We had a nice dinner and bought some 'Nanura-ya' non-alcoholic cocktails. The name means 'remember me' in Fijian and they were really nice! We slept well that night and woke up the next morning to the sound of the waves slapping against the beach, and the sight of a big gecko just outside our shower!
We then, after breakfast, were picked up by the catamaran and taken to another island (Mana Island) where we connected with our schooner which was our boat for the day. We sailed out on board the 'Seaspray' to the outer Mamanuca Islands, the first of which we stopped at was called Yanuya Island. We got off the boat and took part in a traditional kava ceremony, which involved 2 nominated members of our 'tribe' drinking some dodgy looking liquid (we have had quite enough of those throughout this trip!). We then went to the uninhabited Modriki Island which is where the film 'Castaway' with Tom Hanks was filmed. We were taken ashore to enjoy snorkelling. Some people jumped straight off the boat but since Dad had never done it before we decided to start from the beach. Snorkelling was revealed as an extremely dangerous watersport because every time we tried to sort out the snorkel or get our flippers on, we were hurled by the riptide into the water where there were rocks being thrown around such was the vehemence of the tide! We went further up onto the beach because it was so unsuccessful before. Dad just about managed to sit still by digging his feet in but i had no chance and was being thrown in and out and round and round by the waves - whilst i was trying to fix Dad's snorkel! We then abandoned the flippers all together after suffering various lacerations to our knees and legs on the rocks and just stuck with our snorkel and mask. Dad lasted about 3 minutes before declaring it 'one of the most unpleasant things i have ever done in my life' - so i guessed he wasn't enjoying it... He sat on the beach while i went back in and further out to sea. I was having a great time looking at all the fish until something caught my eye. There was a massive long fish thing swimming underneath me - it was about 1.5m long and very thin, with a huge eyeball at one end and a massive spike at the other! It gave me a funny look and freaked me out so i hurrieclly swam back to shore. I was nearly out when a massive wave dragged me back in over the rocks and i bumped my already-bruised-scuba-diving-on-coral-knee again! So we declared that we would no longer involve ourselves with watersports of any kind (although I loved the scuba diving and the snorkelling - just not the manky fish). Seaspray then took us back to Mana Island and we caught the catamaran again to take us back to Port Denerau. On the way back, Seaspray lived up to its name as we got soaked time and time again - good job we kept our swimming costumes on - and the sun warmed us, it was great!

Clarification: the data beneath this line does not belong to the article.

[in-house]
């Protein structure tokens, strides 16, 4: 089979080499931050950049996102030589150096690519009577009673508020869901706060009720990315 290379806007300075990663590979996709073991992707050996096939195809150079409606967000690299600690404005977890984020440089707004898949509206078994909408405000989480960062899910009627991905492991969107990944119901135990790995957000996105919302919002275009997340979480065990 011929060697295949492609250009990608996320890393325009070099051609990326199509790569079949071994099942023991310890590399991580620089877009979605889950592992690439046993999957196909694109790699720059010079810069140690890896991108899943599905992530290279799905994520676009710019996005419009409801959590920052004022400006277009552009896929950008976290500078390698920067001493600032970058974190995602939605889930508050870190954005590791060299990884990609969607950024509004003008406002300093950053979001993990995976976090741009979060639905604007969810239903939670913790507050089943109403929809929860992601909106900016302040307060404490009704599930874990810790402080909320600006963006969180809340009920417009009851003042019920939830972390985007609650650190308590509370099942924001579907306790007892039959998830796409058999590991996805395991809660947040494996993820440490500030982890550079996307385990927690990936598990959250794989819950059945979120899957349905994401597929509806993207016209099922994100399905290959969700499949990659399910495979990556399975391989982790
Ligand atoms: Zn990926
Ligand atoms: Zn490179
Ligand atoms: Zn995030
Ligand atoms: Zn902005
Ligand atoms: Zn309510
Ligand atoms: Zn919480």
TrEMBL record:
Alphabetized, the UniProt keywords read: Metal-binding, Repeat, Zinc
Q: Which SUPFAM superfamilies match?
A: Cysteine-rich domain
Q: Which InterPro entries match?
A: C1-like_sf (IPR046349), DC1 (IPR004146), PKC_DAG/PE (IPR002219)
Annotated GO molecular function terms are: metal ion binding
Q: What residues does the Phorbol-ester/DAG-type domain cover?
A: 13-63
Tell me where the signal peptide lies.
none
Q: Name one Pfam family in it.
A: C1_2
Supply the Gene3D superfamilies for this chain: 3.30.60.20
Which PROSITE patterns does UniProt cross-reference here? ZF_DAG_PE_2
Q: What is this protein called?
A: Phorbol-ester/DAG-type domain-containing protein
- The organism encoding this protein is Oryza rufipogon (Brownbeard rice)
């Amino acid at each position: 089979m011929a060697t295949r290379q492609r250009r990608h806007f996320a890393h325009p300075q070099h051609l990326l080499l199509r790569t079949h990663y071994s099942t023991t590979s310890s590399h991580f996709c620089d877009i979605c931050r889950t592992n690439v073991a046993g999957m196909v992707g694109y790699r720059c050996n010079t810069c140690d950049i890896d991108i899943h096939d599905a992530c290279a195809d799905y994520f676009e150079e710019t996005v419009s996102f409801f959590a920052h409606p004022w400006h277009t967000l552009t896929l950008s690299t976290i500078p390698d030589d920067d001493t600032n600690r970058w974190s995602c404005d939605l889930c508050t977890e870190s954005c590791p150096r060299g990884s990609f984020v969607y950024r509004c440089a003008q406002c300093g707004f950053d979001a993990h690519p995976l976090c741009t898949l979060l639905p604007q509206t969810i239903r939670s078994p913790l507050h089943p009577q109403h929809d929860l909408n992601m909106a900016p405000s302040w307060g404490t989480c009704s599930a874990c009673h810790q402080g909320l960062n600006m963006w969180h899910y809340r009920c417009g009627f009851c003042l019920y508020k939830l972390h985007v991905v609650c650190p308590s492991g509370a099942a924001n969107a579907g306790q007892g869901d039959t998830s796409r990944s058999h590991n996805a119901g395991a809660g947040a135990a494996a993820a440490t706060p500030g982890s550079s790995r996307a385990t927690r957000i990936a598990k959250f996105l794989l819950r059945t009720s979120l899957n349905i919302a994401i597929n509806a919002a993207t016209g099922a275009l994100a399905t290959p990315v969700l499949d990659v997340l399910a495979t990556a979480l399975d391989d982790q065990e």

Back in Denerau, we decided have a look round the shops before picking our bags up as 3 big catamarans had landed together and there was a big queue. However, we got a bit distracted with shopping and watching some Fijian dancers, so by the time we went back to get our bags the place was deserted and we had missed all the airport shuttles. Our bags were nowhere to be seen. We did eventually find them, and had to get a taxi to the airport.
Fiji was a lot of fun - but we are slightly battered and bruised now!
Lots of love,
Naomi (and Stuart) x